Connected cars are automobiles with built-in cellular data connections designed to power a range of services including in-car WiFi connectivity. These options are becoming mainstream features on new vehicles and will likely become standard equipment on all new vehicles going forward.
Because these systems rely on outside internet connections, car manufacturers are partnering with cellular equipment and service providers to supply cellular-based data solutions. There are no existing standards, so features and cellular plan availability will depend on the specific vehicle's model and year.
Vehicles with this feature come equipped with equipment and services provided by manufacturer connectivity and telematics services, such as OnStar, Entire, SYNC Connect, and others, backed with data plans available from the carriers, primarily AT&T.
This is a rapidly changing and evolving market.
There are also aftermarket options available from manufacturers as well as cellular carriers. These typically are devices that plug into a vehicle's diagnostic (OBD-II) port that can provide a limited set of features, including 4G-LTE based WiFi connectivity.
The Spark (AT&T), SyncUp (T-Mobile), and HumX (Verizon) are three examples.
Connected Cars Overview
Connected cars can provide a wide variety of capabilities, depending on the manufacturer, model year, and vehicle options. These capabilities can include:
- Internet access via an in-car WiFi connection
- Emergency services (roadside assistance, 911, automated crash response, stolen vehicle recovery)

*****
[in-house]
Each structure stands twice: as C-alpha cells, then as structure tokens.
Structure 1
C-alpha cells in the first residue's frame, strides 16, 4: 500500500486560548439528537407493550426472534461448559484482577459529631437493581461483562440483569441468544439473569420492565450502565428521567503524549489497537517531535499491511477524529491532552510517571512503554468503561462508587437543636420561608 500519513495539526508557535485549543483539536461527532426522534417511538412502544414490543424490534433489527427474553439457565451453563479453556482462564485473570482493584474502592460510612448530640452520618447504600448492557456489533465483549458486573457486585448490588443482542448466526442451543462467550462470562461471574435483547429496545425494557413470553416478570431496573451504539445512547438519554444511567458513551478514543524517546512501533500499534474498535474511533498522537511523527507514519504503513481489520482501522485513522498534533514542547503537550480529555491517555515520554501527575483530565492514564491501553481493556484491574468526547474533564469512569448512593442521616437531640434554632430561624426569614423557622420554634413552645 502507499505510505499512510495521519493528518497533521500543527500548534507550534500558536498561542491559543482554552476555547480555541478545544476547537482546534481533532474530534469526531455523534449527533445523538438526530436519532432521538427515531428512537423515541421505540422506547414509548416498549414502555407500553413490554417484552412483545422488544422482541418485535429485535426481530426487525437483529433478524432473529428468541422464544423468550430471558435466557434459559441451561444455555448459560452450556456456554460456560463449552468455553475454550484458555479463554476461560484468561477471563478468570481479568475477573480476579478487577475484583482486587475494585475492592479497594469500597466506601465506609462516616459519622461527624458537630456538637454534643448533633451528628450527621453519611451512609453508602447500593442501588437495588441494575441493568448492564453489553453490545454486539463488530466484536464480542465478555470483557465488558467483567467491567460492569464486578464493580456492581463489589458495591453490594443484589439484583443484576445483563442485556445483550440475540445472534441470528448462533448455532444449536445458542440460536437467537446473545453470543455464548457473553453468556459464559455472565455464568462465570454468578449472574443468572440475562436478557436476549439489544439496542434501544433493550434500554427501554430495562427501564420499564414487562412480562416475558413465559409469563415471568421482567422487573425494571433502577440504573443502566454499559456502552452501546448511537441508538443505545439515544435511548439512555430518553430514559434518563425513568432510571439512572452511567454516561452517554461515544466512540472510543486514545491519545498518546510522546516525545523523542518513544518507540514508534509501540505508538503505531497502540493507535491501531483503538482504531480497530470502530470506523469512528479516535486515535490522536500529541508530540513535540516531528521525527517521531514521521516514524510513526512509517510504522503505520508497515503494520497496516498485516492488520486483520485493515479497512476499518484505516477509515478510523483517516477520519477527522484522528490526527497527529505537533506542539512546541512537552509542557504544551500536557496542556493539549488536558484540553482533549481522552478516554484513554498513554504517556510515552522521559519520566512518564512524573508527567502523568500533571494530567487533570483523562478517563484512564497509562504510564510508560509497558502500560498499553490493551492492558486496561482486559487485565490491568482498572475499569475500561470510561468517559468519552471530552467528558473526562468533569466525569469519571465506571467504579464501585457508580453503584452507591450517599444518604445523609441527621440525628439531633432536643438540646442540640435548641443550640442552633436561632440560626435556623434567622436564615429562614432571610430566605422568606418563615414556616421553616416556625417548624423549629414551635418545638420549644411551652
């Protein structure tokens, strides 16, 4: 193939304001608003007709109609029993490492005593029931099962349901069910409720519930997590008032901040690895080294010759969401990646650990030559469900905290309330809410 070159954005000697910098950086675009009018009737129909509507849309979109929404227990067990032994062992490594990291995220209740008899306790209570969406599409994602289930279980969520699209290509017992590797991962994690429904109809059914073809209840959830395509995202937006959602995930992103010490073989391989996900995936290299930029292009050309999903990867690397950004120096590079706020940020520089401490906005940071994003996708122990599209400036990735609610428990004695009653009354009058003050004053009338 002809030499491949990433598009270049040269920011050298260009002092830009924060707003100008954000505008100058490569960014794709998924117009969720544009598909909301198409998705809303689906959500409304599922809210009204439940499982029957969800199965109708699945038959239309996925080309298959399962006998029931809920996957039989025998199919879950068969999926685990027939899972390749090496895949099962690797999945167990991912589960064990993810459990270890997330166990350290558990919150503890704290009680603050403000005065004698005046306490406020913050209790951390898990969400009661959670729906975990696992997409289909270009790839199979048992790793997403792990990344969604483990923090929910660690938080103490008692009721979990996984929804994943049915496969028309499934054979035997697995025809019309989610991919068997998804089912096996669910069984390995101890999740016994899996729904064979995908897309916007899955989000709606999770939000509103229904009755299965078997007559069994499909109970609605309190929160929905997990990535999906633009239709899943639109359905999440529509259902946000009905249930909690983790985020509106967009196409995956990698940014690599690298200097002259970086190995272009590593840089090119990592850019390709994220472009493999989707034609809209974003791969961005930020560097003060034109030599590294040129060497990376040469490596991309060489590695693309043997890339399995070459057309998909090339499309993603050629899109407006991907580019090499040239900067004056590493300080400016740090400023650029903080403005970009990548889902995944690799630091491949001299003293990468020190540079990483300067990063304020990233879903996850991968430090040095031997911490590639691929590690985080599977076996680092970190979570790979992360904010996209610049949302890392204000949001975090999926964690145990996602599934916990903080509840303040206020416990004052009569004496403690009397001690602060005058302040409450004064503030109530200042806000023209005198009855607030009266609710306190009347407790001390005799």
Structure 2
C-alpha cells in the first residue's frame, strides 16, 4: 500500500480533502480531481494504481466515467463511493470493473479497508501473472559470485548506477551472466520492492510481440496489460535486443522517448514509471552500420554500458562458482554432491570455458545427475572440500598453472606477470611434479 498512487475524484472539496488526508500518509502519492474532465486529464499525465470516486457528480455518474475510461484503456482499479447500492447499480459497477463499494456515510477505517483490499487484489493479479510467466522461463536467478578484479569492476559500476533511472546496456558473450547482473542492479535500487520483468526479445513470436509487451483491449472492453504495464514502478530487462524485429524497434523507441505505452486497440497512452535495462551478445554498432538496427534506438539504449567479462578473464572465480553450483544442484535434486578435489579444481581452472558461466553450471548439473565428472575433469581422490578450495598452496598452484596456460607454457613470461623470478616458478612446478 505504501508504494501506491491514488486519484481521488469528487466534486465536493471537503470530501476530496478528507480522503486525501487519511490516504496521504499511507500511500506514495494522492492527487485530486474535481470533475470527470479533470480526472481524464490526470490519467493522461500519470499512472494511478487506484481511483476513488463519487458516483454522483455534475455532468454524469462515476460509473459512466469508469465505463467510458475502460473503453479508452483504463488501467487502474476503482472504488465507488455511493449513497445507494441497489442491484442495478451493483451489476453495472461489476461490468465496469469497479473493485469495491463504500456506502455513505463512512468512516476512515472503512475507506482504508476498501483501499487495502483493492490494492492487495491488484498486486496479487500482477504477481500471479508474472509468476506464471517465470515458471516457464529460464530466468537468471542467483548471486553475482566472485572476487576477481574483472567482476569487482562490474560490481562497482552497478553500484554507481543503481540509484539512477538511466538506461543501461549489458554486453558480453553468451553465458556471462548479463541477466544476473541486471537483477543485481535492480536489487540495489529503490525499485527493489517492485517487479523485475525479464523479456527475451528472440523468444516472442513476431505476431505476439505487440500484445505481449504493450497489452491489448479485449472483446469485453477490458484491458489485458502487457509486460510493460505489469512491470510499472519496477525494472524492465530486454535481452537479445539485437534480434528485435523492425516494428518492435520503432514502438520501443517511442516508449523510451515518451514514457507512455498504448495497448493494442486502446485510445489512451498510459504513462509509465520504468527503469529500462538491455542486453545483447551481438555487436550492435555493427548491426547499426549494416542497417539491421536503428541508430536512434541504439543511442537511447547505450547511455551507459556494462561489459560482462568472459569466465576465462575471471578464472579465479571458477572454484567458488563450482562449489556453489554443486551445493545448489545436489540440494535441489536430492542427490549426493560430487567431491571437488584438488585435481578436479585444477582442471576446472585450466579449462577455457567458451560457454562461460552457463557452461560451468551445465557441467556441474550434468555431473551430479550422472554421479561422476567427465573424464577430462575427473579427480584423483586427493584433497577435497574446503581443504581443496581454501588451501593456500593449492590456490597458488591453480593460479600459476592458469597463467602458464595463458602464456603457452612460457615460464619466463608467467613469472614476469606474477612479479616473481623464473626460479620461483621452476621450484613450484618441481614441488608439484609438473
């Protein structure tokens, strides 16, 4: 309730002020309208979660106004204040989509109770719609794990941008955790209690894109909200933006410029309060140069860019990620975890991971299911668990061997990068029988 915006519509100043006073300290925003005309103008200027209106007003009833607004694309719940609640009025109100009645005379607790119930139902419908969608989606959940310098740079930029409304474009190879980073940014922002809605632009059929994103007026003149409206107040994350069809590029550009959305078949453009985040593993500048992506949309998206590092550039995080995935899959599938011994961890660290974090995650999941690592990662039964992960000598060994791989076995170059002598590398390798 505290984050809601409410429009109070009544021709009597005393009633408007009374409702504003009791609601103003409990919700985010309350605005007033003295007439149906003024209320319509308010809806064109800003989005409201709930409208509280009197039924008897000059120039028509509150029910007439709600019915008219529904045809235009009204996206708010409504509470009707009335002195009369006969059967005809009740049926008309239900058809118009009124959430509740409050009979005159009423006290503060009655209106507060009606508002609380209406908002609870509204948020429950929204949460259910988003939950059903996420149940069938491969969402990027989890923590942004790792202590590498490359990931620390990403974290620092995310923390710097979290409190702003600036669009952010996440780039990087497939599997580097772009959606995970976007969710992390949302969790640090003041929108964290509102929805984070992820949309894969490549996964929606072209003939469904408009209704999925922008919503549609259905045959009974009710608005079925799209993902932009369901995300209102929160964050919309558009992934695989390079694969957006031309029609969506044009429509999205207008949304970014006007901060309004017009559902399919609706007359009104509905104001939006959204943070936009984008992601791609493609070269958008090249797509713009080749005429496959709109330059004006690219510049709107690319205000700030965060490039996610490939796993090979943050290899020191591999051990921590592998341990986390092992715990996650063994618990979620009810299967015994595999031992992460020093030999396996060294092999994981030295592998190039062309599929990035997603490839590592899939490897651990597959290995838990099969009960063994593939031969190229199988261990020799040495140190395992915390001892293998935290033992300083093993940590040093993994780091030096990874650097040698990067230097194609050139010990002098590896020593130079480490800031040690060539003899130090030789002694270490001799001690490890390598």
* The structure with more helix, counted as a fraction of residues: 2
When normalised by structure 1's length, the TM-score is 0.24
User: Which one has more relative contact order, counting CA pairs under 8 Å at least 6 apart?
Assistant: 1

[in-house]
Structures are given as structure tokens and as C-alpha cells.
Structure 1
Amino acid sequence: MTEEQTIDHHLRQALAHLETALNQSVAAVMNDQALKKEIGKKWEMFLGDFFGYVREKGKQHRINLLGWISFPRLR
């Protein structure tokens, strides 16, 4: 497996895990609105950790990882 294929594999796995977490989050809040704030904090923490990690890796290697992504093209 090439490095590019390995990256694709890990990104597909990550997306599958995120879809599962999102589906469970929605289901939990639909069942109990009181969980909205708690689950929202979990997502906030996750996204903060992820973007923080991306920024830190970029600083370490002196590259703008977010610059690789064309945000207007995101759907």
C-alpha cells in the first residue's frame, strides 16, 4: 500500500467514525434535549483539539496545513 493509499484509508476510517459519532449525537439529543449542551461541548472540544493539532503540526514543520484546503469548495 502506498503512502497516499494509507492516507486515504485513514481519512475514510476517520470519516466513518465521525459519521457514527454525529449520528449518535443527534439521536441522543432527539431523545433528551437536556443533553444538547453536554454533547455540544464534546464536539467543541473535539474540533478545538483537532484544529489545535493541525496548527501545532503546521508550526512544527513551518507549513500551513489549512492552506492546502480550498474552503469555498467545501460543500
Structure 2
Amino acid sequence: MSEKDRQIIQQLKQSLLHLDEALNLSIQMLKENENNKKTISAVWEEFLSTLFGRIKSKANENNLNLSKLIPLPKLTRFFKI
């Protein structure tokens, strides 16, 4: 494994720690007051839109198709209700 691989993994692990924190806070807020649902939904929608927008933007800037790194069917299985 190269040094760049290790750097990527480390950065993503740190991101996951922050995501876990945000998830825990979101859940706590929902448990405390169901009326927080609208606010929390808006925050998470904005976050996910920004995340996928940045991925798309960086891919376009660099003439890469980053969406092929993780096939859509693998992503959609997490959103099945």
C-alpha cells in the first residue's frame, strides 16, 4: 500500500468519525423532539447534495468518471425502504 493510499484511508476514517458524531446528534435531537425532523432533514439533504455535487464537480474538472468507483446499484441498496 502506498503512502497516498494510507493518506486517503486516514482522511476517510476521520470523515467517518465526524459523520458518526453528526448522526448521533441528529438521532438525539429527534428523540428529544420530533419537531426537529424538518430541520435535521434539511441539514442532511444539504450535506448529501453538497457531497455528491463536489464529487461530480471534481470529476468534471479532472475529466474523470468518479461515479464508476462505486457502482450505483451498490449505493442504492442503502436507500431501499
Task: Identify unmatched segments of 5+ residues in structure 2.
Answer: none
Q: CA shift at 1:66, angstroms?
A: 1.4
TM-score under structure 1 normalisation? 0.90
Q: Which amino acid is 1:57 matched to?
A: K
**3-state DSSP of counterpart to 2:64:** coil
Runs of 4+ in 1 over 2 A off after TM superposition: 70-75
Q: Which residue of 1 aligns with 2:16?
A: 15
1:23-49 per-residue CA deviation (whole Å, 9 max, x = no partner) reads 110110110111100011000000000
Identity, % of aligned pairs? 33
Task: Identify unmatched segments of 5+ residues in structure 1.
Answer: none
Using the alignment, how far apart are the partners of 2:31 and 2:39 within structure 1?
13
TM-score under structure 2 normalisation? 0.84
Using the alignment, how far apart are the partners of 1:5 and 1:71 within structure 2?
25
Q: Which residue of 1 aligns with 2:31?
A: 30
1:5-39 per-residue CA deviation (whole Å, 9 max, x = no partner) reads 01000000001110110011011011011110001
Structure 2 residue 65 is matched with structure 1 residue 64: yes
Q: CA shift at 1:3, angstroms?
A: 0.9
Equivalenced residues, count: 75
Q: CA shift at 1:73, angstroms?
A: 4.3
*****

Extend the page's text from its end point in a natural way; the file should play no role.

- Vehicle and driver monitoring & diagnostics
- Entertainment options
Most connected car options require a data plan with a compatible cellular provider, though some systems, particularly in older vehicles, are designed to pair to a smartphone or other cellular device, and use the phone's data to enable the connectivity features.
Connected Car options are intended for use while the vehicle is in operation. WiFi capabilities, depending on the vehicle, will only work while the car is running or while the ignition/accessory switch is on or power is otherwise supplied to the equipment.
Even though RVers, in particular, might choose a toad or tow vehicle that includes a Connected Car option, this limitation makes Connected Cars a non-optimal choice as a primary home internet replacement on the road.
News, Videos, & Status
We tested general connected car capabilities utilizing a 2020 Subaru Ascent with an AT&T data plan. The details are in the member section below.
Alternatives to Consider
For other popular mobile hotspots on the market - here are our featured options:
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Mobile hotspot devices are small, self-contained units that receive a cellular data signal and transform it into an internet connection. They are a cellular modem and router combined. Most can create their own personal Wi-Fi network.
They are typically designed with a specific cellular carrier in mind and require a suitable cellular data plan of their own to operate. You might see them called Jetpacks (Verizon's term for them) or MiFi (Inseego's name for them).
Here's a quick video going over the features of a hotspot, and what makes one better than another:
The guides below have been hand-picked to help further your education about selecting mobile hotspots and best utilizing them in your mobile internet setup.